What Happens When Your iPhone Is Stolen? Beware These Scams

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Whether you’ve already reported your iPhone stolen or you’re trying to safeguard it, it’s good to understand what thieves will do when they get their hands on it. A common phishing scam is designed to trick victims into giving away their Apple ID login credentials, thus enabling thieves to unlock their stolen device.

What’s worse is that often, it isn’t just the iPhone itself that’s gone because many who had their iPhone stolen also fall victim to cyber-crime.

iPhone stolen: when physical theft meets cyber-crime

Thus, understanding what all the thieves might be up to can help keep that ultra-expensive, rare and in- demand iPhone X secure. The iPhone X has been in such high demand that it’s an extremely hot-ticket item right now, and that’s unlikely to change before Christmas.

Experts at Trend Micro, maker of many reputable cyber-security software programs, published a report on how having an iPhone stolen often goes beyond physical theft and enters into the cyber arena. In fact, the firm has found several tools that thieves use to unlock Apple devices that have been lost or stolen. Cyber-criminals tend to use AppleKit, MagicApp, and even “a cybercriminal version of the Find My iPhone API,” along with other “services” and “phishing kits.”

Using such tools, thieves are able to hijack victims’ iCloud accounts and other Apple services that are tied to the stolen device and then reactivate them so that they can be sold through various online marketplaces.

Getting around Apple’s protective measures

Apple has introduced several security measures to assist those who had their iPhone stolen, and it’s essential to actually use these measures. For example, linking your iCloud to your Apple ID will enable you to lock your device via Apple’s Find My iPhone feature, so it’s still best to do that because it could deter the average thief with no technical knowledge. Locking the iPhone will require a password in order to reactivate it.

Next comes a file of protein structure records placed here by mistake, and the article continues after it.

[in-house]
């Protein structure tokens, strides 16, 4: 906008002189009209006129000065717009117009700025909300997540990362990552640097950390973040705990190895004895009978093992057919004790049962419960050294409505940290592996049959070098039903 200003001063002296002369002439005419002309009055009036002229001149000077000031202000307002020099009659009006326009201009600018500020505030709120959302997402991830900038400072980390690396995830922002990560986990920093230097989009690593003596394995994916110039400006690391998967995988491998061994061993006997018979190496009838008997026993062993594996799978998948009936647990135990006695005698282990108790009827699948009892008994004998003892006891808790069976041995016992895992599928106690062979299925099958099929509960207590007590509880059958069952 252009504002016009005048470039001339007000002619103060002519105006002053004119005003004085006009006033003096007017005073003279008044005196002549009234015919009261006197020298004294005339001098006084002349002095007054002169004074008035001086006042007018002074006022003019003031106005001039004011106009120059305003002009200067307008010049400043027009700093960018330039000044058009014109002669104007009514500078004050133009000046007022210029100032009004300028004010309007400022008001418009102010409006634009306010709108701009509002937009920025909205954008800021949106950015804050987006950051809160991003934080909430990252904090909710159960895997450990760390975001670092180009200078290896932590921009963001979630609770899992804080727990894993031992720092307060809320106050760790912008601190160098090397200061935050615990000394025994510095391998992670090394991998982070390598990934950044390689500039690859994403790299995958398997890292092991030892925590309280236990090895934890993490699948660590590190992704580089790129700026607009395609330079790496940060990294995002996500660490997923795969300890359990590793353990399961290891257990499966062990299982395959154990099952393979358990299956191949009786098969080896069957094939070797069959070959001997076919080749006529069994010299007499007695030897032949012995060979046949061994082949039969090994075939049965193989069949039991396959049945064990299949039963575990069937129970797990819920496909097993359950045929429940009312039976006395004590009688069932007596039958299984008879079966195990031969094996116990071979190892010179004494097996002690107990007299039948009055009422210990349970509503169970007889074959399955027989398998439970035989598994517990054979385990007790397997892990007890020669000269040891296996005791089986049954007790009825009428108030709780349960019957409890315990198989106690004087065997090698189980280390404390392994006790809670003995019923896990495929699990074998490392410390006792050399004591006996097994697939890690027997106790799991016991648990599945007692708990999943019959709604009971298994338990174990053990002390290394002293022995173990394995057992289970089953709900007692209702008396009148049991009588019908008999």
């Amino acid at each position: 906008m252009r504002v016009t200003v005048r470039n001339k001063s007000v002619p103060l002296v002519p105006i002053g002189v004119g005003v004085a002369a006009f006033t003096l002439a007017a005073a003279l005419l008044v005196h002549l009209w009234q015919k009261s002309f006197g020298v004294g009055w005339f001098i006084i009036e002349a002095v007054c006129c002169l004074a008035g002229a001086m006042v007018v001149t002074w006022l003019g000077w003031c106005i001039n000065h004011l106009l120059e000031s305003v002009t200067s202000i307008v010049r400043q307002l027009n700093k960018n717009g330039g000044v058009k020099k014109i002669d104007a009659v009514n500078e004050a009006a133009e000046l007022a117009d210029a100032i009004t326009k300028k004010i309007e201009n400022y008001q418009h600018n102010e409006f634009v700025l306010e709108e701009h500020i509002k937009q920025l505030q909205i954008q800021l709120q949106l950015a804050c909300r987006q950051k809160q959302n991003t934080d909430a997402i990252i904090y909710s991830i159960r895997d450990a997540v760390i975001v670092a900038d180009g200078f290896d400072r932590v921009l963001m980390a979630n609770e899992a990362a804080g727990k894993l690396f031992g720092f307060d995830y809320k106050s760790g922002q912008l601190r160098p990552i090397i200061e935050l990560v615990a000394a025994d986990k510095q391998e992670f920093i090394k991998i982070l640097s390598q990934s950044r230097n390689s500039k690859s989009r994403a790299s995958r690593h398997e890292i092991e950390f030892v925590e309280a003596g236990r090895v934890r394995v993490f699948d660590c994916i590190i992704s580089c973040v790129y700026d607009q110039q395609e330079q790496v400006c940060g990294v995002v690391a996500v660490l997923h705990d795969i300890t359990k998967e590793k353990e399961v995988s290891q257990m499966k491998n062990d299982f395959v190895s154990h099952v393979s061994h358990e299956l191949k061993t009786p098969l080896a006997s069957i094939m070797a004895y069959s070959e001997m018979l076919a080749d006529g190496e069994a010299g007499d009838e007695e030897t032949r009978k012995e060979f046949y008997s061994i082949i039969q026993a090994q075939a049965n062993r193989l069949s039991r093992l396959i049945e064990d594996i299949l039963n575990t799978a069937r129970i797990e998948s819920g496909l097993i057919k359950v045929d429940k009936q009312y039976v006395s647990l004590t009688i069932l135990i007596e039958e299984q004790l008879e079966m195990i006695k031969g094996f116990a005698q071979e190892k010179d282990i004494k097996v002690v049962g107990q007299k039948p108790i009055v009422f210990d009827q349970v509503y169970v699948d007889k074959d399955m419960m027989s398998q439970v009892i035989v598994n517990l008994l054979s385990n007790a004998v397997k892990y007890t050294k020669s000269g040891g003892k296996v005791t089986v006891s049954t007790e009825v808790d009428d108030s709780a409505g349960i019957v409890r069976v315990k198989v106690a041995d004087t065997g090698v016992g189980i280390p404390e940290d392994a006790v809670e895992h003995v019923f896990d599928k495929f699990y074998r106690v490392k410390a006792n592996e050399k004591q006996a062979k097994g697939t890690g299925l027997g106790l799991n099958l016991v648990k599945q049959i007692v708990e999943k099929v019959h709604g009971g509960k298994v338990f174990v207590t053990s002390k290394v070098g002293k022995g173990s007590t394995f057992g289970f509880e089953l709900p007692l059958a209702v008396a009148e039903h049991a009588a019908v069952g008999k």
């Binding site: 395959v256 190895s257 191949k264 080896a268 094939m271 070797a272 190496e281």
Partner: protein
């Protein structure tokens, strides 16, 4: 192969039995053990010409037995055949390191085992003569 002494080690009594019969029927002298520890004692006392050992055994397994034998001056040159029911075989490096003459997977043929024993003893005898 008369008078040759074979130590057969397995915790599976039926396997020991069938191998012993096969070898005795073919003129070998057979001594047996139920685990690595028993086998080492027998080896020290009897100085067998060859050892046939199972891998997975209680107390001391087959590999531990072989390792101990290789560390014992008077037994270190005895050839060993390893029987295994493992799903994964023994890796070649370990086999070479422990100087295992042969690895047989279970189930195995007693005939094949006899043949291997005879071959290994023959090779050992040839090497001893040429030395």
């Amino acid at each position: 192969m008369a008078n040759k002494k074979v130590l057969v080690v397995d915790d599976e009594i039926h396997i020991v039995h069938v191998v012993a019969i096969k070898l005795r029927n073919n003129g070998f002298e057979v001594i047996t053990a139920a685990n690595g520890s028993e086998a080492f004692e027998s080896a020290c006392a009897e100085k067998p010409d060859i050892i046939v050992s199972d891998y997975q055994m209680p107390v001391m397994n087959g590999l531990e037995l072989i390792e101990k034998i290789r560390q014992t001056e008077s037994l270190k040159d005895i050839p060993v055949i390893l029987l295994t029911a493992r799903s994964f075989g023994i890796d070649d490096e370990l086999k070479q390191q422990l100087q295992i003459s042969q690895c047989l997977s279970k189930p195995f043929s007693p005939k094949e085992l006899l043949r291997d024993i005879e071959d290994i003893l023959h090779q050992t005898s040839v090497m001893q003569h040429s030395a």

Find My iPhone can also now track the device via GPS and show its approximate location on a map. Apple also added Activation Lock to try to prevent stolen iPhones form being erased and re-sold. However, Apple’s security features are only the first step to protecting your iPhone. Education is the next step, especially when it comes to protecting your Apple services such as iCloud, and Trend Micro experts are trying to help us out.

Phishing attack simulation

Even if your iPhone wasn’t stolen, thieves can phish for your Apple ID credentials. The firm said some victims receive a phishing text which redirect them to a webpage that looks legitimate and asks for the Apple ID. Trend Micro worked with one victim who reported his iPhone stolen on the streets of Brazil and then went to purchase a new iPhone. He received the phishing text shortly after activating Apple’s Find My iPhone feature on his new iPhone.

Here’s how the scam worked:

iphone stolen
Image Source: Trend Micro (used with permission)

If the victim had fallen for the phishing part of the scam, the thieves would’ve gotten his Apple ID login credentials, which they could have used to unlock the iPhone they stole and delete his account from it. They could also download the entire iCloud account for other malicious purposes and then delete it.

Other ways of tricking victims who had their iPhone stolen

That’s only one way thieves can trick someone who reported their iPhone stolen. Trend Micro uncovered an entire industry involving services offered to thieves, so even those without technical know-how can pay to have a stolen iPhone unlocked. These services are much cheaper than actually buying an iPhone, so the thieves still turn a profit after paying for it to be unlocked.

One of these services, MagicApp, sends phishing texts or emails that appear to be from Apple, sometimes revealing a fake map location that leads the victim to believe that their lost iPhone has been found. Of course, they have to log into the phishing website to get this fake location—giving their Apple ID credentials away in the process.

It’s just never a good idea to tap on a link received in a text or email and then enter your login credentials. Go directly to the official website yourself and log in there to see whether there’s a real message, or call Apple’ customer service to check on it.

Was that iPhone stolen?

If purchasing a secondhand device, it’s important to do your research before handing over your hard-earned cash. Research the seller and also check the IMEI of the device you’re thinking about buying. The Cellular Telecommunications Industry Association created a website that will let you and law enforcement check to see if that iPhone was stolen.

Trend Micro also says that the Find My iPhone historical data for each device is kept in Apple’s databases, which is another preventative measure. The firm also recommends taking advantage of every one of Apple’s security features in addition to being vigilant while safeguarding your device’s physical safety.

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